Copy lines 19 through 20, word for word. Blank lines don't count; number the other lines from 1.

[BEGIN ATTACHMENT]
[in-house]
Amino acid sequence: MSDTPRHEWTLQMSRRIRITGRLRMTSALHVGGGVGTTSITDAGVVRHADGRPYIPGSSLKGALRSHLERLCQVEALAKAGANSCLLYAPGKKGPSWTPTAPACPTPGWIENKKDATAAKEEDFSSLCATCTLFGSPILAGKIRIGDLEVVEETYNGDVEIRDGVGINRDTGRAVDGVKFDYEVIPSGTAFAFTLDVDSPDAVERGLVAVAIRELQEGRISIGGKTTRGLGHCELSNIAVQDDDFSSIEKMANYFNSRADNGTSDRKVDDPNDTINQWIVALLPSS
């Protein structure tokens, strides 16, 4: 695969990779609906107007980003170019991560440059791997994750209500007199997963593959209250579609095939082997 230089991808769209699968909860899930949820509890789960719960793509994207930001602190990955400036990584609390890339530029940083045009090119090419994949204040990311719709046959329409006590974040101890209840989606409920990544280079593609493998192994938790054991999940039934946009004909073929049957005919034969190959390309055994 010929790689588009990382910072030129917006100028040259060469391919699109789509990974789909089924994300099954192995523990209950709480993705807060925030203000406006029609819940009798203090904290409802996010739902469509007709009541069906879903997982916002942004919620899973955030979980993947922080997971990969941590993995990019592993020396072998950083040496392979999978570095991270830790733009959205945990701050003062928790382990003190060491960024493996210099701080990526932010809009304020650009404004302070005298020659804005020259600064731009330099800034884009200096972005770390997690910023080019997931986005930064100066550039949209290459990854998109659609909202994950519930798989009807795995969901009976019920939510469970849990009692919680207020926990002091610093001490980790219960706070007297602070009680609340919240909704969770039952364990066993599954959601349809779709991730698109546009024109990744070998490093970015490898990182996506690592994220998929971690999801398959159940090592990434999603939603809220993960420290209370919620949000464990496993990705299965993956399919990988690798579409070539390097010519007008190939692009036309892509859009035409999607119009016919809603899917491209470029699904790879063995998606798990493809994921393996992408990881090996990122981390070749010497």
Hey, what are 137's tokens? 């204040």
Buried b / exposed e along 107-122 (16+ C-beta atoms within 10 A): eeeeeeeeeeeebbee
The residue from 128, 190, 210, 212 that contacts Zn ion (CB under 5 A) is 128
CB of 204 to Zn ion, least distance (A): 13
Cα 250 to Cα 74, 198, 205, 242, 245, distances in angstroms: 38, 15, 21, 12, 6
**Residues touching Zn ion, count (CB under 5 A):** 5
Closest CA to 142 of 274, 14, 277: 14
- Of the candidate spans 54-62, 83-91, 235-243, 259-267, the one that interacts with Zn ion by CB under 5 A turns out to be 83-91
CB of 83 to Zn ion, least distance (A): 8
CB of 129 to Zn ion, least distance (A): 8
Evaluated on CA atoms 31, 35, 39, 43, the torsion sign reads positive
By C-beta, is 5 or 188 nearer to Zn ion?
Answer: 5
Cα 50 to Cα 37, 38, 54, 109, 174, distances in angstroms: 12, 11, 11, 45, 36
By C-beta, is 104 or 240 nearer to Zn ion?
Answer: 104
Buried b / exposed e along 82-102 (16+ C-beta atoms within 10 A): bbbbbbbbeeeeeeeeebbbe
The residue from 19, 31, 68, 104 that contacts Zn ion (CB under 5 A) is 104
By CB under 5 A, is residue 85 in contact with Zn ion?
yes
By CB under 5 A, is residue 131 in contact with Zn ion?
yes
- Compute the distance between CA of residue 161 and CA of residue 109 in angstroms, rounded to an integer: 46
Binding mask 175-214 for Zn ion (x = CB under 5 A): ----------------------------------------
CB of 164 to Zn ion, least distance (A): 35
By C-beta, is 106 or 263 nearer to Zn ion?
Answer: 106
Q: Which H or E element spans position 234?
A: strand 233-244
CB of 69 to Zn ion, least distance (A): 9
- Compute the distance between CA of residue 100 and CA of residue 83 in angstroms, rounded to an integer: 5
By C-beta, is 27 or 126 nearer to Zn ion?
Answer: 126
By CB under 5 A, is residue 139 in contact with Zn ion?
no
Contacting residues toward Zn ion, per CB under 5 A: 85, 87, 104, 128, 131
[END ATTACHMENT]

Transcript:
Answer: 104
Buried b / exposed e along 82-102 (16+ C-beta atoms within 10 A): bbbbbbbbeeeeeeeeebbbe